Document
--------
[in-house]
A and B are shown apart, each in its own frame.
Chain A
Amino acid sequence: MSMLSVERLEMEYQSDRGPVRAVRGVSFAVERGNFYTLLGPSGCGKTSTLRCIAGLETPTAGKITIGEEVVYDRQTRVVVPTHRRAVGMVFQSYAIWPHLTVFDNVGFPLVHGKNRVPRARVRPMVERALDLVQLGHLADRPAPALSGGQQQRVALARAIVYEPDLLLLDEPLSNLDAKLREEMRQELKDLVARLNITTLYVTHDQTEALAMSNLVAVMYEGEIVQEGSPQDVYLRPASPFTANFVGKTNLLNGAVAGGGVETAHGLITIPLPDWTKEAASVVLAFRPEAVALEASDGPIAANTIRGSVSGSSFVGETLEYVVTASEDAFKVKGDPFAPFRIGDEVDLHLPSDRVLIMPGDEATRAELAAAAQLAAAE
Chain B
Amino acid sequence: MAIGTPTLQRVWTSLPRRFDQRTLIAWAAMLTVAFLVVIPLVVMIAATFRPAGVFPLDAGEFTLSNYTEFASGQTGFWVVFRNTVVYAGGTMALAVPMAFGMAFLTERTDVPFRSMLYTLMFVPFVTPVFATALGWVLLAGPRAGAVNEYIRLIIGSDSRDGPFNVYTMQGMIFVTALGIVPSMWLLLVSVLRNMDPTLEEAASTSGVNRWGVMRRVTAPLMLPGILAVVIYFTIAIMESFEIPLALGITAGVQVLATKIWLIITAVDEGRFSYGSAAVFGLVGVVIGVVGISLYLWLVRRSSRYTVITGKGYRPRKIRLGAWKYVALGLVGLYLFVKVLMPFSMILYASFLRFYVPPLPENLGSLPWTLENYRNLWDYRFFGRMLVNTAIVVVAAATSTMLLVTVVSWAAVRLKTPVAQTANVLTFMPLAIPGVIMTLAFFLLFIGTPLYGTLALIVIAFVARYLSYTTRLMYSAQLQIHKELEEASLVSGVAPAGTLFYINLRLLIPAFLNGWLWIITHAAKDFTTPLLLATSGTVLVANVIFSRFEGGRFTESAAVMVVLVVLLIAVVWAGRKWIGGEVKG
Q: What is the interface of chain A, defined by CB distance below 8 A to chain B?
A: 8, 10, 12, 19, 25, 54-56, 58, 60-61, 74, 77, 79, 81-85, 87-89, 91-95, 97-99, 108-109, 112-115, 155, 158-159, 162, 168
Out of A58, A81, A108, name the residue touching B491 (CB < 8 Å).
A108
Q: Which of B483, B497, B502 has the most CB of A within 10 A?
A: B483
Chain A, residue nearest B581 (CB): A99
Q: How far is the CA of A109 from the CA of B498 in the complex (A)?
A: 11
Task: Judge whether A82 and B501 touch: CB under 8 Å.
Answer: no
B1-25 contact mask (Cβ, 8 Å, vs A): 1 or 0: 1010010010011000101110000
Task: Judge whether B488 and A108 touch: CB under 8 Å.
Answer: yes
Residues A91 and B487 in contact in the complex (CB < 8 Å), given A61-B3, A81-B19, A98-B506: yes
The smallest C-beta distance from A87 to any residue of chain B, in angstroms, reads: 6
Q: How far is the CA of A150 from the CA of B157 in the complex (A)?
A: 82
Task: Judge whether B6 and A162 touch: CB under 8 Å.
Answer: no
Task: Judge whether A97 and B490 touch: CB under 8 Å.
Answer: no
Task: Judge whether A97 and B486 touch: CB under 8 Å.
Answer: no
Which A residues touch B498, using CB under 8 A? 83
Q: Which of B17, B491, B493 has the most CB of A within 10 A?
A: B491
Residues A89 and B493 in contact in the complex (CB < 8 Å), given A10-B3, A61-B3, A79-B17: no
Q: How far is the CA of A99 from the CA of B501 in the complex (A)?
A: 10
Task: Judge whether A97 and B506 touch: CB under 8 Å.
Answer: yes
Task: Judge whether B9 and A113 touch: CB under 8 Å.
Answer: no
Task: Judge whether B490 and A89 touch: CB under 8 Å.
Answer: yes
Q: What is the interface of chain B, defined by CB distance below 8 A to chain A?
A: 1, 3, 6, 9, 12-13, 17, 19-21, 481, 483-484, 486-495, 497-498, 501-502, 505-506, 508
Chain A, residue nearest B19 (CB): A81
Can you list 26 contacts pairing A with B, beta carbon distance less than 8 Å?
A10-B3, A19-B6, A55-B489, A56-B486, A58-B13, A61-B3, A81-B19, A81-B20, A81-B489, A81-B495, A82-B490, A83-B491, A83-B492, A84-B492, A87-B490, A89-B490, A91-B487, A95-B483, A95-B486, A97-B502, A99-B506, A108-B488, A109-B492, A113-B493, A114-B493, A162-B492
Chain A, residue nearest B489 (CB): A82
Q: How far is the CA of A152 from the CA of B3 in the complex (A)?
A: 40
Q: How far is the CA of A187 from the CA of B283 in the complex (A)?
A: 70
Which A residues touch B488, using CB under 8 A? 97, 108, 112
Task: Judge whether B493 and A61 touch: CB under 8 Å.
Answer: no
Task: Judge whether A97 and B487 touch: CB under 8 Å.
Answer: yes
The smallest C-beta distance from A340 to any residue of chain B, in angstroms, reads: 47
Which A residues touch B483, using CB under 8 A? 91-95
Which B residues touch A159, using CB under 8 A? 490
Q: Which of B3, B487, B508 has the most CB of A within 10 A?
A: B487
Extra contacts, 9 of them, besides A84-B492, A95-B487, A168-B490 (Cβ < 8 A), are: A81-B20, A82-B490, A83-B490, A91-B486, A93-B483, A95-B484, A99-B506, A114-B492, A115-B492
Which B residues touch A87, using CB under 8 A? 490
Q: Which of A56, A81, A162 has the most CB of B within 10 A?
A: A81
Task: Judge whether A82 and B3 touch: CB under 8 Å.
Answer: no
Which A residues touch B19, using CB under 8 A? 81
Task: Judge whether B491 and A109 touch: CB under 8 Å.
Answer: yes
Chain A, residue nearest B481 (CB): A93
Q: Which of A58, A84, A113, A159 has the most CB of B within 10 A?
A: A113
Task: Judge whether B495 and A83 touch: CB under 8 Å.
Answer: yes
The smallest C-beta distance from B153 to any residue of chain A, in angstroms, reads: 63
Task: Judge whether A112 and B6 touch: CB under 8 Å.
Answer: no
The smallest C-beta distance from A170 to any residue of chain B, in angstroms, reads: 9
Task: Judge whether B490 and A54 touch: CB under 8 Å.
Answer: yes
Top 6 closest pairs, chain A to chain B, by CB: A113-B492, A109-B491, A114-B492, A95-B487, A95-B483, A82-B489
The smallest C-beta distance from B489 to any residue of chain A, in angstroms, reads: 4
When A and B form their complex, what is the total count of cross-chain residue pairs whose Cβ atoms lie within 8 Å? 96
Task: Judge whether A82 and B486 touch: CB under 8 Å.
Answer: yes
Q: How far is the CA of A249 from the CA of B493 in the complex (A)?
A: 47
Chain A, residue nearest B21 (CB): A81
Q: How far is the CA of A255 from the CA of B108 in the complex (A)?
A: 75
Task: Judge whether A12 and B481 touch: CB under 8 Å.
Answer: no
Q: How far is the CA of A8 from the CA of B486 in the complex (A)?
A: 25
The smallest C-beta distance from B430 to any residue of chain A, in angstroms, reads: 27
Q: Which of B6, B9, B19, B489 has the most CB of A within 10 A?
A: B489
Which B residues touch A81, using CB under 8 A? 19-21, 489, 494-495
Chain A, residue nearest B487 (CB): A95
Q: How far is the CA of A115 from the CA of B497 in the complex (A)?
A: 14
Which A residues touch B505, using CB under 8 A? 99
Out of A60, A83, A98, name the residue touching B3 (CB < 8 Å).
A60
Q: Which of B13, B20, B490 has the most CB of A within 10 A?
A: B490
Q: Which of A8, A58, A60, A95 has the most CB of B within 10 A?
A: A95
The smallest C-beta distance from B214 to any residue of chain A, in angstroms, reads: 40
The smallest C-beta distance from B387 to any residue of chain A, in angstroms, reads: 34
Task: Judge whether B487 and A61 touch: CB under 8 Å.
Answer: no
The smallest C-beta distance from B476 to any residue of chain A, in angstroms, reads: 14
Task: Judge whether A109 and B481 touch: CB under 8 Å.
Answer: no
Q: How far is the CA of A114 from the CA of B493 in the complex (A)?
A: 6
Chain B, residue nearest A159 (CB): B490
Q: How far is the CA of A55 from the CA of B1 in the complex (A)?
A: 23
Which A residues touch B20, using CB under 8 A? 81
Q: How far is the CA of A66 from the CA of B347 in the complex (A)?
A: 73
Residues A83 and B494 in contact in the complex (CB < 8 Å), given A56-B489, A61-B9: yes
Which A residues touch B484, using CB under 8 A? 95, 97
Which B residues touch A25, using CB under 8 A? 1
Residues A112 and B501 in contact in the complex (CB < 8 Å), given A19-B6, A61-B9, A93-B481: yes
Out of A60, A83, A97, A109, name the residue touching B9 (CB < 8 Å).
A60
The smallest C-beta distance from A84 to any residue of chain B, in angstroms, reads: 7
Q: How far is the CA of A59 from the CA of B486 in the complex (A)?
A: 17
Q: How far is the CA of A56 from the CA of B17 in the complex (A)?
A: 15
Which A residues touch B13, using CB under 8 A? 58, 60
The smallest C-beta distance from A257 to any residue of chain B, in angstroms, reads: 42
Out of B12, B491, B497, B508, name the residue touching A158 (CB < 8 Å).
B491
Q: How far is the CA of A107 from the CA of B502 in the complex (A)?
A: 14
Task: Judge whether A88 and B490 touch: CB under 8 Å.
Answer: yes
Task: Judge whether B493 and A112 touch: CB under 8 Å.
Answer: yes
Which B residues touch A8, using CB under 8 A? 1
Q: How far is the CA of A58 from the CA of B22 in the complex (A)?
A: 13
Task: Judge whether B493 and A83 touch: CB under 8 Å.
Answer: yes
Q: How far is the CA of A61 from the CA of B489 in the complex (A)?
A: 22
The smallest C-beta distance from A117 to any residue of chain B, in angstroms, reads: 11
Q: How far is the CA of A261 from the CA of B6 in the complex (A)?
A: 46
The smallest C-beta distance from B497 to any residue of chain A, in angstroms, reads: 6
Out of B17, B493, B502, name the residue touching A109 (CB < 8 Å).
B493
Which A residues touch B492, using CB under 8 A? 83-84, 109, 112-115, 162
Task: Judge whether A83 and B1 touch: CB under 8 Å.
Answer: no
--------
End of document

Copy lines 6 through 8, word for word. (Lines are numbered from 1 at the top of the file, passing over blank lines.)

Amino acid sequence: MAIGTPTLQRVWTSLPRRFDQRTLIAWAAMLTVAFLVVIPLVVMIAATFRPAGVFPLDAGEFTLSNYTEFASGQTGFWVVFRNTVVYAGGTMALAVPMAFGMAFLTERTDVPFRSMLYTLMFVPFVTPVFATALGWVLLAGPRAGAVNEYIRLIIGSDSRDGPFNVYTMQGMIFVTALGIVPSMWLLLVSVLRNMDPTLEEAASTSGVNRWGVMRRVTAPLMLPGILAVVIYFTIAIMESFEIPLALGITAGVQVLATKIWLIITAVDEGRFSYGSAAVFGLVGVVIGVVGISLYLWLVRRSSRYTVITGKGYRPRKIRLGAWKYVALGLVGLYLFVKVLMPFSMILYASFLRFYVPPLPENLGSLPWTLENYRNLWDYRFFGRMLVNTAIVVVAAATSTMLLVTVVSWAAVRLKTPVAQTANVLTFMPLAIPGVIMTLAFFLLFIGTPLYGTLALIVIAFVARYLSYTTRLMYSAQLQIHKELEEASLVSGVAPAGTLFYINLRLLIPAFLNGWLWIITHAAKDFTTPLLLATSGTVLVANVIFSRFEGGRFTESAAVMVVLVVLLIAVVWAGRKWIGGEVKG
Q: What is the interface of chain A, defined by CB distance below 8 A to chain B?
A: 8, 10, 12, 19, 25, 54-56, 58, 60-61, 74, 77, 79, 81-85, 87-89, 91-95, 97-99, 108-109, 112-115, 155, 158-159, 162, 168